"Traditional approaches for very small babies that are premature can be performed but are very high-risk procedures," Phillips said. "These babies are very fragile and are at increased risk of having organ dysfunction, notably brain injury and kidney injury, especially if cardiopulmonary bypass is needed."

Bryce was transferred to Cedars-Sinai under the care of Zahn and Phillips, each of whom played a significant role in developing and performing a minimally invasive procedure. "We made a 1-centimeter incision in the baby's lower chest. Through that, we were able to get access to the heart, and we were able to put a stent into place and increase blood flow to the lungs," Phillips said.

Bryce Jones was born with a heart defect called tetralogy of Fallot. The news frightened his parents, Frances and Marcus. But once Frances Jones met the doctors at Cedars-Sinai, "I knew they had Bryce's best interests in their own hearts," she said.

"The advantage to the hybrid procedure is that the baby would not have to recuperate from open-heart surgery, we avoid the need for cardiopulmonary bypass, and it could be done through a small incision that will be part of the larger incision when he has his full repair," Zahn said. "He could therefore grow bigger and stronger; his other organs will be more mature and unlikely to be injured."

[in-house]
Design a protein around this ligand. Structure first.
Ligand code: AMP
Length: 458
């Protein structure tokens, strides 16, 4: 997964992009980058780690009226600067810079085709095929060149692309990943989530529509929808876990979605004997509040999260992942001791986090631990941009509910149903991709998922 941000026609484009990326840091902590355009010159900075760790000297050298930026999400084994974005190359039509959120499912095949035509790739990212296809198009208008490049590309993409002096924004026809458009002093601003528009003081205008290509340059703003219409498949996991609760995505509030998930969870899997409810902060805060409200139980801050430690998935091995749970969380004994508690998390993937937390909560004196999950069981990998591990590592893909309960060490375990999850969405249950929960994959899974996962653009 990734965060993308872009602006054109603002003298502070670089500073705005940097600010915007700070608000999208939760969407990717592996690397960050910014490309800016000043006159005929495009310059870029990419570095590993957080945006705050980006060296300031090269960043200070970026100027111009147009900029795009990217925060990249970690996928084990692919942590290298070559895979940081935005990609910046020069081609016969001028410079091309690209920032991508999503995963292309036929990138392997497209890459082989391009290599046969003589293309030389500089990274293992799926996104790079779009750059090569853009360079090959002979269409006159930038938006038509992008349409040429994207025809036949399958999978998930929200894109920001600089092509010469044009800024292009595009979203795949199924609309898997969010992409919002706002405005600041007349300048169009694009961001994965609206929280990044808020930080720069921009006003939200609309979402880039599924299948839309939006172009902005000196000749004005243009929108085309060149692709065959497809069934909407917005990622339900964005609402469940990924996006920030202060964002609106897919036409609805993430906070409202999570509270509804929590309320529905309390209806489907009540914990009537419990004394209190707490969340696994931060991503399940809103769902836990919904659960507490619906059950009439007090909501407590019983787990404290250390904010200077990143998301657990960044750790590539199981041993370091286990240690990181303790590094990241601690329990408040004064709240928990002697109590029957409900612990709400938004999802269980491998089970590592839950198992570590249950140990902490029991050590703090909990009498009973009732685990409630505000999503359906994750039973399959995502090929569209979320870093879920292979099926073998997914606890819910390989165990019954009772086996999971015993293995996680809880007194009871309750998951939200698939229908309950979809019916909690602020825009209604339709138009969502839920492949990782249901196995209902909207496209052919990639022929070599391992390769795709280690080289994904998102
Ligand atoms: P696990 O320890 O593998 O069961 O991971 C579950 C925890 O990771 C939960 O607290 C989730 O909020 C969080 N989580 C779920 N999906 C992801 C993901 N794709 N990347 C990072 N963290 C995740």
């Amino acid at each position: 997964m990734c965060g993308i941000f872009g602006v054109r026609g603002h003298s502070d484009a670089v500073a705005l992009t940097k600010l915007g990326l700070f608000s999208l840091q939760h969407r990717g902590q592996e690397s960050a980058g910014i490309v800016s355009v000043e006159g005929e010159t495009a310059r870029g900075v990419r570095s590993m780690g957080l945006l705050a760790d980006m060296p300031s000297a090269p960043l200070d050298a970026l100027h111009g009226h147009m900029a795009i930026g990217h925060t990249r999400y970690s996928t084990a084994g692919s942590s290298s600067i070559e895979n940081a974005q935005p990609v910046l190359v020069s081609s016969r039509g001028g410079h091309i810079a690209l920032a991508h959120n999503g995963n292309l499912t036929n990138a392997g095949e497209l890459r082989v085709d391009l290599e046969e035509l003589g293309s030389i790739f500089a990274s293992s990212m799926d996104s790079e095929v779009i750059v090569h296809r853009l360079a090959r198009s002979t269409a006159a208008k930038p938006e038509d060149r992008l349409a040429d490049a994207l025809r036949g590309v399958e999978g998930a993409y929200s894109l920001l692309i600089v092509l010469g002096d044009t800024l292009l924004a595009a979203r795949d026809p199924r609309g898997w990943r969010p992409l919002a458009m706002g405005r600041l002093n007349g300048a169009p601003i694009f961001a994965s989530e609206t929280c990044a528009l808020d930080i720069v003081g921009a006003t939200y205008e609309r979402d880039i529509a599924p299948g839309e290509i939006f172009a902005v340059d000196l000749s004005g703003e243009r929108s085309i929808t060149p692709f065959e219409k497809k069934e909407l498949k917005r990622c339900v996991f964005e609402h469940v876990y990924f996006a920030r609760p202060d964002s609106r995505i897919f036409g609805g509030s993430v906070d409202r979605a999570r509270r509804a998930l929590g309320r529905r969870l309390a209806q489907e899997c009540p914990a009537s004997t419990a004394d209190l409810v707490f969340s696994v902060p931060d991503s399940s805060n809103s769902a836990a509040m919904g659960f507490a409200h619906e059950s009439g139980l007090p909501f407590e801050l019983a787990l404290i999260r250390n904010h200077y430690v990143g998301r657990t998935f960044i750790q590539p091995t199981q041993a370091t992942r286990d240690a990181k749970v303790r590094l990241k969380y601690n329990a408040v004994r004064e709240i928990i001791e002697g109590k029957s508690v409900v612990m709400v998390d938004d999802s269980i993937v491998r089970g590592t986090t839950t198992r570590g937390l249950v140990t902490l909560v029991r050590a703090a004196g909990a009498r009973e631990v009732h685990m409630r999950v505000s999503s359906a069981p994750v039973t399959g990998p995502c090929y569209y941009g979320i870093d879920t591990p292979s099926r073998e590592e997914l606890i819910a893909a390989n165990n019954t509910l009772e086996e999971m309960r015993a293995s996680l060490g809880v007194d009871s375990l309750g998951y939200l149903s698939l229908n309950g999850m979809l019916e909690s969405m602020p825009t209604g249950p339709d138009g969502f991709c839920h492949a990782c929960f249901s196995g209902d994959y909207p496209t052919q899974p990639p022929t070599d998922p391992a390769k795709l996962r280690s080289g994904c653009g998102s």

Giving approval for the procedure, believed to be the first of its kind in Southern California, was tough on the Joneses. "We were petrified — there's no other word for it," Frances Jones said, "but once I met Dr. Zahn and Dr. Phillips, I knew they had Bryce's best interests in their own hearts. I knew we had to go forward."

Two days after the procedure, baby Bryce was discharged from Cedars-Sinai and transferred back to his community hospital in the San Fernando Valley, the same hospital where the doctors and the nurses recognized the need for an intervention. Within a week, Bryce was home in Santa Clarita and his siblings were fighting over who could hold him. By the time he was 2 months old, Bryce tipped the scales at close to 7 pounds, took in 5 ounces of milk every four hours and, it seemed to his mother, smiled constantly.

Throughout his life, Bryce will require focused care. To accommodate the healthcare needs of growing patients like Bryce, the Guerin Family Congenital Heart Program provides treatment to patients of all ages with structural heart disease.

"It's very humbling to know that there are doctors out there who really treat children as though they were their own," Jones said. "I think of Dr. Zahn and Dr. Phillips every day when I tell my 12-year-old that he needs to study hard so he can be a cardiologist like them."

Trauma Program Posts on Cedars-Sinai Facebook Page